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Australia's Tasmanian Tiger killed by man: Study

Published on Jan 31, 2013 11:39 AM
 
This Tasmanian Museum and Art Gallery handout photo received on Jan 31, 2013, shows Tasmanian tigers or Thylacines photographed at Beaumaris Zoo in Hobart in Australia's Tasmania state in 1918. Australian researchers investigating the extinction of the country's Tasmanian Tiger put the fault solely with humans on Jan 31, 2013, saying they had debunked the long-held theory disease was to blame. -- PHOTO: AFP

SYDNEY (AFP) - Australian researchers investigating the extinction of the country's Tasmanian Tiger put the fault solely with humans on Thursday, saying they had debunked a long-held theory that disease was to blame.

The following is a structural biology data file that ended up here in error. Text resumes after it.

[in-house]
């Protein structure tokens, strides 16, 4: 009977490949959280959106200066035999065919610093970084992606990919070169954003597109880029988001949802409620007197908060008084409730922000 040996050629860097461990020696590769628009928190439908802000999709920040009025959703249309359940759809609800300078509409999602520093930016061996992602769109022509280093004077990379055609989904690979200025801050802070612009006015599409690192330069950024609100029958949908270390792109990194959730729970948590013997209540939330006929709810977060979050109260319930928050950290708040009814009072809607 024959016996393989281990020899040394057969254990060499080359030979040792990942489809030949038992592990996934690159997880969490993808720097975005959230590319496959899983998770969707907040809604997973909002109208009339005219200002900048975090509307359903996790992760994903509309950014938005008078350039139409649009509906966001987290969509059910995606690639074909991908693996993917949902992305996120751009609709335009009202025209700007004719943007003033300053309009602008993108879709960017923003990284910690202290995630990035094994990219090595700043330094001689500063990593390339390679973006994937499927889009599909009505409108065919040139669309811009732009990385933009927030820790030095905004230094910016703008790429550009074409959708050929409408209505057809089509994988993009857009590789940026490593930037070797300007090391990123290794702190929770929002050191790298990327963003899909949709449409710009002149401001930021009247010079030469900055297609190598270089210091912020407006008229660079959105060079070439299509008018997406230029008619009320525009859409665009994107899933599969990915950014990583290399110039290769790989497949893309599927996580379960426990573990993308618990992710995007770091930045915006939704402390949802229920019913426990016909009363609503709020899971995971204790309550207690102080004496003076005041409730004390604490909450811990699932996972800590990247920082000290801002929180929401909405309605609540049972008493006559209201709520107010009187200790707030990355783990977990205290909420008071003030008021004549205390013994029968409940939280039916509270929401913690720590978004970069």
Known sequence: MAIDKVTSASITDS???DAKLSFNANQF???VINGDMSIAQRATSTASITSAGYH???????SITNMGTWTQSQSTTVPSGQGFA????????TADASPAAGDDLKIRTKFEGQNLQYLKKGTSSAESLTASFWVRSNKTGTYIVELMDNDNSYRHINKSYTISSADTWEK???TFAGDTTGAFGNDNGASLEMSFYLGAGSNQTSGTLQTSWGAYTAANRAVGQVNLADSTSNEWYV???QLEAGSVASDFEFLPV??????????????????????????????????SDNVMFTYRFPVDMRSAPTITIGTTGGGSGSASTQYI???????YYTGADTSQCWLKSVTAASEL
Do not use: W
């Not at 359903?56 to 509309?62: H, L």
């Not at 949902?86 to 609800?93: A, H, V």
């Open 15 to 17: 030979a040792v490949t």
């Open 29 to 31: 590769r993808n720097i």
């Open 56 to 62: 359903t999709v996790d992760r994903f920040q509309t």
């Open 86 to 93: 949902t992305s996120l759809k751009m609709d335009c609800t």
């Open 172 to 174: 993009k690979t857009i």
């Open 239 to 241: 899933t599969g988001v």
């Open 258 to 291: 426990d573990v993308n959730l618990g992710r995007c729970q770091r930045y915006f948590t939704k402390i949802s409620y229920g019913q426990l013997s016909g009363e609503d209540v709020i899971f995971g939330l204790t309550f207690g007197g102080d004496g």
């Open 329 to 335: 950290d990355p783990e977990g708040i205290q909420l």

The last known tiger, or thylacine, died in Hobart Zoo in September 1936 and though there have been numerous unconfirmed sightings in the wild over the years since, it was officially declared extinct in 1986.

When European settlers arrived in the southern island state of Tasmania in 1803 the thylacine - a shy, carnivorous marsupial which resembled a long, large dog with a striped coat and wolflike head - was widespread.

Their final extinction has long been linked to a distemper-like disease that tore through the last remaining tigers, but a University of Adelaide team said it had proven that disease was not a central cause.

 
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